I don’t know about you, but I generally don’t like to have a story spoiled for me. If there is a movie I know I might see but haven’t had the time yet, I tell my friends who have seen it not to mention anything at all about the story—even if they think the nugget they want to share is not going to spoil the ending. I’ve found that any little detail they might divulge could ruin the effect of the story on me. Likewise, when I’m reading a novel whose plot has really pulled me in and I’m finally in that last twenty or so pages where everything’s going to get resolved, I find that I have to place a piece of paper over the pages I have yet to get to so that my eyes don’t curiously wander over to the end. The pull to ignore what’s happening in the plot now and concentrate on the end is so hard to resist. I want to preserve the effect of the story, but at the same time I have this almost irrepressible urge to know that everything will turn out OK.
Perhaps you’re the same way. Perhaps we’re all the same, especially about things more serious than books and movies. We stand there, like Elisha, gazing at our future as it whizzes out of our grasp, scared for the present and desperate that God will give us in the end what we’ve hoped for. I was speaking recently to a mother who just gave birth her second child four months premature. Inexplicably, her body went into labor after already having announced it to the world, delivering a little baby girl who was too frail and small to survive. Heartbroken and emotionally unmoored, the mother struggled to put her grief into words over the phone. “All I wish,” she said, “is that it were already a year from now.” She knew, almost instinctively, that in a year the pain would be less sharp, the future a little less bleak, her emotions a little less raw. She, like many of us, would rather skip to the final page of that book to glimpse the reality that all will turn out OK.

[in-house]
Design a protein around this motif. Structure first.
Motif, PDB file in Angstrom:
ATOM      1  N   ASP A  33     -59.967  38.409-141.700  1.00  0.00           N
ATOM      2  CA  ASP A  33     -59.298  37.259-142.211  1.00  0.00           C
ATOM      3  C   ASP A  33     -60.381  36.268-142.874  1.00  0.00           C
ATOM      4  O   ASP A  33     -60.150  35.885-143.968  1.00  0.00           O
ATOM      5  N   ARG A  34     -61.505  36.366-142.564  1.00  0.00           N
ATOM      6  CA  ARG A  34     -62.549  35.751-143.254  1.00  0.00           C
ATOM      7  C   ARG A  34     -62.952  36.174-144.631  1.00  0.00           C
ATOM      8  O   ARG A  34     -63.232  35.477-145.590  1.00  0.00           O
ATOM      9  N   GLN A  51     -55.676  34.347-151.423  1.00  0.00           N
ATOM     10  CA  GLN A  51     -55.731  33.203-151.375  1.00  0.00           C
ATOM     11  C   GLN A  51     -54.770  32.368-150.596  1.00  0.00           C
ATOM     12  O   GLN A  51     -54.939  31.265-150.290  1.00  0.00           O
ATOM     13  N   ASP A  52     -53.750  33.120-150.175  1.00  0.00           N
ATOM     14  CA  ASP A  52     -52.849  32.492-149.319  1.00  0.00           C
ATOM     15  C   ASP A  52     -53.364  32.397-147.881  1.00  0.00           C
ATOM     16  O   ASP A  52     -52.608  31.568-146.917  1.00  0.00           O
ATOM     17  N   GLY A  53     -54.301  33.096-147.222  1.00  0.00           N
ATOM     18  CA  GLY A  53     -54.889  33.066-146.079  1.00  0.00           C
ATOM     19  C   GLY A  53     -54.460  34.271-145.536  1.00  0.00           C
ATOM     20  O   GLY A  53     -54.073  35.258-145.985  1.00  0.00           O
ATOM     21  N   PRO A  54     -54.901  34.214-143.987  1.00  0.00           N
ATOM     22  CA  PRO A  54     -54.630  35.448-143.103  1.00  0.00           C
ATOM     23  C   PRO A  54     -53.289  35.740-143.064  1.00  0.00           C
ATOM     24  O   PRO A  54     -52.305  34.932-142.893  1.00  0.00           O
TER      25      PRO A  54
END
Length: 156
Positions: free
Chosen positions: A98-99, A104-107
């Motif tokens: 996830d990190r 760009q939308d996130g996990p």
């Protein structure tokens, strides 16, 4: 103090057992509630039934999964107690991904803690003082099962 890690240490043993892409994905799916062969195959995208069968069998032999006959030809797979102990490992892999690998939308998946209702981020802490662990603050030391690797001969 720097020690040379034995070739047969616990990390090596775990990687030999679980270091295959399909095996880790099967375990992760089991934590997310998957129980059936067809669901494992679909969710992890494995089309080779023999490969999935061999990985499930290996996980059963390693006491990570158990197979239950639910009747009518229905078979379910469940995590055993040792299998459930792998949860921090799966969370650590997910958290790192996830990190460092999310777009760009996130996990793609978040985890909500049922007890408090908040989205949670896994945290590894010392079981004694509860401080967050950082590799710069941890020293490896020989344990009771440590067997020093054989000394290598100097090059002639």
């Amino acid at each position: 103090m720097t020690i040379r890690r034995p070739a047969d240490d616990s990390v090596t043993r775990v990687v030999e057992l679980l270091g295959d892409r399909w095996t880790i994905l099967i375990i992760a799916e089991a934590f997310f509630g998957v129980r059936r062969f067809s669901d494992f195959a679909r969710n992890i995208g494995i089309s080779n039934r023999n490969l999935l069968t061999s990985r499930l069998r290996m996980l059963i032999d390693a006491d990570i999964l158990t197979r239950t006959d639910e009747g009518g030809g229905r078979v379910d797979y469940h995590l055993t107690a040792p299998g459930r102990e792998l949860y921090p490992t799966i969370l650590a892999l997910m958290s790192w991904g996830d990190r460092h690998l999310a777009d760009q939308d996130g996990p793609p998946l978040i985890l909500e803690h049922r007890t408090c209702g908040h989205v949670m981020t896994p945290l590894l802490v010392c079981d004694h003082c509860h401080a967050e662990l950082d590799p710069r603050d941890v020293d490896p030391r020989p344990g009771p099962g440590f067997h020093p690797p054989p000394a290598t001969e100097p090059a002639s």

It occurs to me that the Transfiguration of our Lord—by many accounts one of the odder things that happens to Jesus—is a glimpse at the end of the story, a brief look at the future reality for an assurance that it will all turn out OK. The transfiguration is not simply a biblical version of TLC’s “What Not to Wear,” with Jesus flanked by Elijah and Moses, two Old Testament Clinton and Stacy’s, explaining how the addition of one dazzling white tunic can transform himself and therefore his life. Jesus’ transfiguration is a bright flash of glory and hope—a light at the end of the tunnel, if you will—that serves, in some way, to sustain through the dark days ahead. And those days—those long pages in between—are going to be dark, very dark, especially for Jesus.